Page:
Of Twitter Threads (mice) and Blog Posts (Humans).

By | 20/02/2020

With the sentence “Of Twitter threads (Mice) and Blog Posts (Humans)” you’ll see that I’ve done two things. The first is that I’ve modernised a well-known book title to draw parallels with the practices of writing Twitter threads and blog posts.

People write twitter threads because they think that it’s fast, convenient, will draw an audience and it’s trendy. It keeps people within the same site. No browsing between platforms and websites. There is the notion that people do not want to leave the social networks where they find themselves. Twitter, Facebook, and other social networks are portals, except that once you’re inside your trapped.

The beauty of writing threads is that it’s easy. You only need two hundred characters per tweet. You don’t need to develop and justify your ideas as you would with a blog post. Twitter threads are fleeting. Within a few minutes, they’re gone.

Blog posts, in contrast, requires your inspiration to last. You look at that empty window and you see an insurmountable challenge. You see three hundred words as a challenge not worth attempting. That’s how I often feel about blogging, and that’s why I usually write after a day of sports or other activities. It’s easy to write when the story exists and you’re just remembering it.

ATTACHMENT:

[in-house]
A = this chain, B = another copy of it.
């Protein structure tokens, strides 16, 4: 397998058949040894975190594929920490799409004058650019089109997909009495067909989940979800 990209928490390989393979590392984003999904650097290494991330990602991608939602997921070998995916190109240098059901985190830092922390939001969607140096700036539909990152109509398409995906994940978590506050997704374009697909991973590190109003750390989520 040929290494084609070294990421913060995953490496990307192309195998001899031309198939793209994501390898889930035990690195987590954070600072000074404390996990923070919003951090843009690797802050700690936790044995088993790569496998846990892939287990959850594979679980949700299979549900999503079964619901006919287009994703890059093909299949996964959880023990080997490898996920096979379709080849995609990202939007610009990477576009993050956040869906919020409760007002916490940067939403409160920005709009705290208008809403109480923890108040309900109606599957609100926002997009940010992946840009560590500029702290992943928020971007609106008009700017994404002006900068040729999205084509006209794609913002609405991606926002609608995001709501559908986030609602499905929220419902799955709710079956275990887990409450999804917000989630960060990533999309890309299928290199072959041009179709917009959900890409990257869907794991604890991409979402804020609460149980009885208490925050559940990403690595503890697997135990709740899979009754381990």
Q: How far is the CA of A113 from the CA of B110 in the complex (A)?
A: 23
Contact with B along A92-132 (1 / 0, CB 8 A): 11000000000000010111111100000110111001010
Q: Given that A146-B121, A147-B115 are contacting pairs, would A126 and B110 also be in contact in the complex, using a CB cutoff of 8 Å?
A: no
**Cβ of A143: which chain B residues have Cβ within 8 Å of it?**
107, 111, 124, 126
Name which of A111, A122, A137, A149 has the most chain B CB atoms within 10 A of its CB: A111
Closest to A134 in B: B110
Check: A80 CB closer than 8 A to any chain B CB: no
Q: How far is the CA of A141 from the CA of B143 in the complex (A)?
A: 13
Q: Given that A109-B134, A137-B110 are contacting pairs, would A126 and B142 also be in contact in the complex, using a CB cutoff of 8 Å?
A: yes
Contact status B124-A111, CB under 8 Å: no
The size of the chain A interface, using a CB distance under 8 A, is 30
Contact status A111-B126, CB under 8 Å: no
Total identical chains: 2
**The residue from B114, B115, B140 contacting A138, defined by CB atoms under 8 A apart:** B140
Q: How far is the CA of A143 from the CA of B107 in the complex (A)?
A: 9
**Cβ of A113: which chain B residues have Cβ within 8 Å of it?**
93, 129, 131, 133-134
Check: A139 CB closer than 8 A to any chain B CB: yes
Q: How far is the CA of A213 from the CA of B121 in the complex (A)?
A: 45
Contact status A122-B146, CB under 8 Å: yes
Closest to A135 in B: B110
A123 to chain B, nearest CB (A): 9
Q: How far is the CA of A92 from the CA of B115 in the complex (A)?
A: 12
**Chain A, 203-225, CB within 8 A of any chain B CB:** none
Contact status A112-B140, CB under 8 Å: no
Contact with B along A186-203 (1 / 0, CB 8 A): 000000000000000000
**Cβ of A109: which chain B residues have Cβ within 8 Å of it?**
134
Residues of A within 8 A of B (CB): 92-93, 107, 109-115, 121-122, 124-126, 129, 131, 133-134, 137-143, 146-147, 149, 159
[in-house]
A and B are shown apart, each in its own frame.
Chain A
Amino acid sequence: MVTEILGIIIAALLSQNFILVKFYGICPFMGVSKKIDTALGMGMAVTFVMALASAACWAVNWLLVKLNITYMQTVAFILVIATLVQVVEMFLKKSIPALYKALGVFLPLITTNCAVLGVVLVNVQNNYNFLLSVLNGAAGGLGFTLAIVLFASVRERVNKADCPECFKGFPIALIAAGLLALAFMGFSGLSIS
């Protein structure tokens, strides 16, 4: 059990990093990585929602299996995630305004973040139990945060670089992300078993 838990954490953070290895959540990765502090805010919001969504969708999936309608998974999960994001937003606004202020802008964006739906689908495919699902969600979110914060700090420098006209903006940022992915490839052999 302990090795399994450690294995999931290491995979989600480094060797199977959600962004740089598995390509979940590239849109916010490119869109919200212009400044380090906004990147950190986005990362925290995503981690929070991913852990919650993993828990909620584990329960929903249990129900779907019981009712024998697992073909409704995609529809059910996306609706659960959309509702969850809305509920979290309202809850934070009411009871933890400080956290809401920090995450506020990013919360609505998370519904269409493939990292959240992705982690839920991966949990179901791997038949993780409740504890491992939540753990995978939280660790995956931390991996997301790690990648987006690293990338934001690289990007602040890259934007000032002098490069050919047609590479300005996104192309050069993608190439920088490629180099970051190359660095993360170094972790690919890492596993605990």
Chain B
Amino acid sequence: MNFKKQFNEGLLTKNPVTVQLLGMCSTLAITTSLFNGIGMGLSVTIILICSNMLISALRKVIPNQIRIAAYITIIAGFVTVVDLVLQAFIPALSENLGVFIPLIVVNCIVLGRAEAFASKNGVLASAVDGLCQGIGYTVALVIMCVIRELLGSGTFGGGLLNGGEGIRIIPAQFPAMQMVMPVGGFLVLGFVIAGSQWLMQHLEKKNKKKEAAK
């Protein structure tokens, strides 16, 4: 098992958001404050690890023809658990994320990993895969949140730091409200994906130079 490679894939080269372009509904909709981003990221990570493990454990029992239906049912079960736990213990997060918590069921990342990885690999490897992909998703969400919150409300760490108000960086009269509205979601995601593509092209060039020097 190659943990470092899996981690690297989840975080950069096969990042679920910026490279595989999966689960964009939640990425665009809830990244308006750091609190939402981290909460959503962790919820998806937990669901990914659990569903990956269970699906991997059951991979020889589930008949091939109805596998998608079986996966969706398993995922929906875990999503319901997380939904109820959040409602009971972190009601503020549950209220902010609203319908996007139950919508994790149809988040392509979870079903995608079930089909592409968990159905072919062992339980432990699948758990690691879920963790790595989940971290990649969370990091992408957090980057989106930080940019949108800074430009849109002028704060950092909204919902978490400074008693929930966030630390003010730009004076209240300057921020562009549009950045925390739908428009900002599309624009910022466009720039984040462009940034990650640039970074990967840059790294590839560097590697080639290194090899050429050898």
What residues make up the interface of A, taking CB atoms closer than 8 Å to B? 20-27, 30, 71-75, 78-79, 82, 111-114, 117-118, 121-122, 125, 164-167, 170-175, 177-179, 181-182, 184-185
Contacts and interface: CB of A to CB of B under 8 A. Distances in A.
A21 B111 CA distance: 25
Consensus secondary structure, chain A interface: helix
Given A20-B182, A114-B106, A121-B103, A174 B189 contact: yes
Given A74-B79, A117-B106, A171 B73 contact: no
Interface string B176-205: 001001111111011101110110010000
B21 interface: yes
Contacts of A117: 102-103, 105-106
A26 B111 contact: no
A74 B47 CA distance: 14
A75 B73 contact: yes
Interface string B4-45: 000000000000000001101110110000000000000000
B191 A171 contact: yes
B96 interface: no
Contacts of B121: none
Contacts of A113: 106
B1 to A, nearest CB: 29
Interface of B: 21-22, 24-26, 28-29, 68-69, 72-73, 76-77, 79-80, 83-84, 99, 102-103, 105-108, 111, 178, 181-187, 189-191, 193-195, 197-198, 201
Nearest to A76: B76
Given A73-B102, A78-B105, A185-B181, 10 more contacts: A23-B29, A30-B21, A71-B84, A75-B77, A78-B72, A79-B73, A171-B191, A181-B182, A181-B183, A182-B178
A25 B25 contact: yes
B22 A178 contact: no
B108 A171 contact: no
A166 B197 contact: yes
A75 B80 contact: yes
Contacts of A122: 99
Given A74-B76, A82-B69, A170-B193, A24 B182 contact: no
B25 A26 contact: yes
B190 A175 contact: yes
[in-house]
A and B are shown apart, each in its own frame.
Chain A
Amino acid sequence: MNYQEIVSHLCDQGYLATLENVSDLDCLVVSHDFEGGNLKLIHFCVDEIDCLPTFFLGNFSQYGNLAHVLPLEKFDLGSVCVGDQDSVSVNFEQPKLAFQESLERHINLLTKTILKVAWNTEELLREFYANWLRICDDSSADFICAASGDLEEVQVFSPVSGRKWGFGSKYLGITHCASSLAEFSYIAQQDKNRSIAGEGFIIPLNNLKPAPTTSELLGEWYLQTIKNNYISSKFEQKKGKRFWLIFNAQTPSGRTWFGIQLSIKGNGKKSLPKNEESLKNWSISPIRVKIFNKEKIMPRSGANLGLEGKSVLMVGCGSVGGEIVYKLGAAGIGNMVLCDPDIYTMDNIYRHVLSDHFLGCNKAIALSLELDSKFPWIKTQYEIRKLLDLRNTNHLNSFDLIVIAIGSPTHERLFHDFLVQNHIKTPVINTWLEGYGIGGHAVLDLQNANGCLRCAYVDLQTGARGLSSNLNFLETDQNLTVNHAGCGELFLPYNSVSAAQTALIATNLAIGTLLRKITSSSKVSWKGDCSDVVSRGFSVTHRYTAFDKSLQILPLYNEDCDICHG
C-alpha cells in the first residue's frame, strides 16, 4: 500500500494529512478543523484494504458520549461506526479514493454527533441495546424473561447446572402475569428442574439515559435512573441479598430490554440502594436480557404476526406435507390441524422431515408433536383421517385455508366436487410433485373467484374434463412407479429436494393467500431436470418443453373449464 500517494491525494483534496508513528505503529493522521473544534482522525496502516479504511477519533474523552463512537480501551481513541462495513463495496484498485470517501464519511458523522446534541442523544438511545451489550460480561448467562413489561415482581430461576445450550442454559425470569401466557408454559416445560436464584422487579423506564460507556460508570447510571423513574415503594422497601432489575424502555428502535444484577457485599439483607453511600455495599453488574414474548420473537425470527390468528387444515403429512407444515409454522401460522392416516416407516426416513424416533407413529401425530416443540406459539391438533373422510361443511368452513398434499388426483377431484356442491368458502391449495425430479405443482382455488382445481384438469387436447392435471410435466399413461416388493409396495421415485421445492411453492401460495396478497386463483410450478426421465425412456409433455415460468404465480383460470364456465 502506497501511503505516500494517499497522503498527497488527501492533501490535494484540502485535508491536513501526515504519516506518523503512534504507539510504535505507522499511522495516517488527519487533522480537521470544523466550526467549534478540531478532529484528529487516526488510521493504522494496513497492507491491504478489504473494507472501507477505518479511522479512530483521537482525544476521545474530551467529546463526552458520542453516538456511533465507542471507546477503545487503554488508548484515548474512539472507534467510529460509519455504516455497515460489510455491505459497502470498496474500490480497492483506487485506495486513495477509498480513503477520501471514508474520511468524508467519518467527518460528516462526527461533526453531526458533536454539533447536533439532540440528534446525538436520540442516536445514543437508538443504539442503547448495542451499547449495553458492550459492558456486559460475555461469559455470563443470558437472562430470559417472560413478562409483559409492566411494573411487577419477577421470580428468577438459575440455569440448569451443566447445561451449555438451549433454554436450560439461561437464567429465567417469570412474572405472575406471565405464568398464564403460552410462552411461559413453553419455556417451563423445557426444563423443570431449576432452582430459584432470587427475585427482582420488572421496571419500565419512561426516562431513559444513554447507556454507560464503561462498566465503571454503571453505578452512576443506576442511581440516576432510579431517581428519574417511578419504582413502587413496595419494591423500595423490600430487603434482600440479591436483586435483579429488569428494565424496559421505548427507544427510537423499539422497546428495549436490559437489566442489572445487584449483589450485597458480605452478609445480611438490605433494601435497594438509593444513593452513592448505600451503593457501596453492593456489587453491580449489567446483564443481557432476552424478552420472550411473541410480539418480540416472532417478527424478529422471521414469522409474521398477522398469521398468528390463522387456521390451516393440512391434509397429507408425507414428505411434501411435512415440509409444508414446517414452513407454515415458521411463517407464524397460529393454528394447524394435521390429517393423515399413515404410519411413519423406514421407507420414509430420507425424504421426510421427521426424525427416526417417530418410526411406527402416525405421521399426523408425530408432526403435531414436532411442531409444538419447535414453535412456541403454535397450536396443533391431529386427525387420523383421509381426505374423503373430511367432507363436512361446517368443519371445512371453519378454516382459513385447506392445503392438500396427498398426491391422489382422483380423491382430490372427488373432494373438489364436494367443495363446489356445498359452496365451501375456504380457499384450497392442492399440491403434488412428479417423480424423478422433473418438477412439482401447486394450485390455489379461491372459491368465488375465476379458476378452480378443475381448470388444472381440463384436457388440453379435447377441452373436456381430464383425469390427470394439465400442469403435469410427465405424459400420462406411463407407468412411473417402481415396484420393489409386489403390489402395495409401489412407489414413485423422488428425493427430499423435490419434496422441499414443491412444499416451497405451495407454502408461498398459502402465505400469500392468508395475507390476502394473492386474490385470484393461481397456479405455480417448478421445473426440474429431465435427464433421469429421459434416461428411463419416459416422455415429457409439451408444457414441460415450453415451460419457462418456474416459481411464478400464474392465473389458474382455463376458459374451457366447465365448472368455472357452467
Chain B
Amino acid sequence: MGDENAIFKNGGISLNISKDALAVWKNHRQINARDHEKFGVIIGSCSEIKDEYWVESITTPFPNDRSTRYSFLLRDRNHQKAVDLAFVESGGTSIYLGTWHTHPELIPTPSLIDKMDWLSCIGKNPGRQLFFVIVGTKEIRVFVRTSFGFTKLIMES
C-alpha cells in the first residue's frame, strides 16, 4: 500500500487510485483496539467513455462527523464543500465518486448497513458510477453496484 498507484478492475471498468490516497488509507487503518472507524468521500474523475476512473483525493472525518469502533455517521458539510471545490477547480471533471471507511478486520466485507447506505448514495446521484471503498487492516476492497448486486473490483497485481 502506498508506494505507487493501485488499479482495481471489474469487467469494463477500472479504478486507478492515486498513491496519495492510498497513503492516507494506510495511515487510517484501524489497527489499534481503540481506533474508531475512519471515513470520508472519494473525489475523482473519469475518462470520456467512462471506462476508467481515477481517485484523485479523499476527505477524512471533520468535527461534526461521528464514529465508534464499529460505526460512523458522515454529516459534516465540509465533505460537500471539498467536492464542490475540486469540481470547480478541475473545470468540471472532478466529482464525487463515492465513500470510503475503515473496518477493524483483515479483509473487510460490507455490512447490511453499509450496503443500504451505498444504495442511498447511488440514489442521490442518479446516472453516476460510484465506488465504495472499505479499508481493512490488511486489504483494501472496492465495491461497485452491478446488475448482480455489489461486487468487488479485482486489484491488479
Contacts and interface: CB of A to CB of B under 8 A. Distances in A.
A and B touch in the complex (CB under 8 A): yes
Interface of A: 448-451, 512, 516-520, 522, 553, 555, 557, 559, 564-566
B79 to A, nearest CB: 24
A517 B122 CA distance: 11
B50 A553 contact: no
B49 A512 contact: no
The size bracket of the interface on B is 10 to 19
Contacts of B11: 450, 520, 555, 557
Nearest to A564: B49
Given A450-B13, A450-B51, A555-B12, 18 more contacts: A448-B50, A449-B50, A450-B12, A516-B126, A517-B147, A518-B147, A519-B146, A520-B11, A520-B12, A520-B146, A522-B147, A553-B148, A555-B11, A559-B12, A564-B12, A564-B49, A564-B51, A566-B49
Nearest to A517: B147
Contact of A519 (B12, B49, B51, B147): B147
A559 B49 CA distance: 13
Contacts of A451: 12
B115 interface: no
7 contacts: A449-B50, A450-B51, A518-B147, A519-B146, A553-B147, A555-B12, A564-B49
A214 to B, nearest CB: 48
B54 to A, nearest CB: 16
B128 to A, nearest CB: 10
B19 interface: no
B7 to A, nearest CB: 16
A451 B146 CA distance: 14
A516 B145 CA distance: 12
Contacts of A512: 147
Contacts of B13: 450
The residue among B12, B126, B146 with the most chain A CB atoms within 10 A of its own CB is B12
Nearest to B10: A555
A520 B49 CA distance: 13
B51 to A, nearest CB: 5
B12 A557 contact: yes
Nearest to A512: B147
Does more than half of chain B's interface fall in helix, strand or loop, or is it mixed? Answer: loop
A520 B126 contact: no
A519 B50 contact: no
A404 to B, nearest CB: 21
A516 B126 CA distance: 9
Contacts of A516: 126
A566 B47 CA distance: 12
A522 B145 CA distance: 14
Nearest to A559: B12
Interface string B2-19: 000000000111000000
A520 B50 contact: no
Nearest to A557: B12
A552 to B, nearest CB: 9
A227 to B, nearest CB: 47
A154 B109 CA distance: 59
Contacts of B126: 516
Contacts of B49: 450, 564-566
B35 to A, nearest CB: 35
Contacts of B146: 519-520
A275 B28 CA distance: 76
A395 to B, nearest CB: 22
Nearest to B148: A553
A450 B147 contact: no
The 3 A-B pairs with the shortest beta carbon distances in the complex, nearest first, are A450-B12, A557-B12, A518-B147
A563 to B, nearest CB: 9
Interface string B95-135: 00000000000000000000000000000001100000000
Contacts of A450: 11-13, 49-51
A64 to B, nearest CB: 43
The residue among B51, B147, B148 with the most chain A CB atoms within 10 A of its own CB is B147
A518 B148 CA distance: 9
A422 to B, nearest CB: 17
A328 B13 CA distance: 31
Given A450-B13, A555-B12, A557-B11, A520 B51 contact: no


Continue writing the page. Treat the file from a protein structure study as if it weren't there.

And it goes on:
By blogging rather than writing twitter threads you’re pushing yourself to learn to write. The more you write the more ideas flow, and the more ideas flow the easier it is to go back and edit. The fear of the blank page dissipates, as does the lack of consistent inspiration.

Another feature of writing a blog post rather than a twitter thread is that you have time to think. There are no updates, no “press to refresh” and other distractions. From the moment you start to write until the moment you run out of momentum you are focused.

The length of my blog posts, and the quality of my writing have improved. I’m taking longer and longer breaks from social media. I’m reverting from a distracted individual who doesn’t follow curiousity to one that explores more.

If you’re worried about being distracted then reading twitter threads will not resolve this issue. You read two or three posts in a thread and see a reply that will take you in another direction, before returning to the original stream of thought.

Contrast this to a blog post. If, and when you skim WordPress and other websites you’re seeing each post and their description before clicking and reading that post for a few minutes. You are fully engaged with the message that the writer wants to share. You then share that post, and people will read it as easily as you did.

Jaiku had threading, but similar to bulletin boards. Twitter’s algorithm fed threads promote the people and threads that make noise without anyone conversing, rather than the other way around.

If you’re inspired and have something to say then blogging is a fantastic avenue because as you’re learning to write with a voice there is a small audience, and as your voice gets stronger, and as your writing improves, so will your audience. In contrast, writing twitter threads gives the illusion of being a writer. You’re getting the attention, but writing snippets.

There is an exception to that rule, of course, poetry. If you’re a poet, and I am not, then Twitter might be an excellent avenue.

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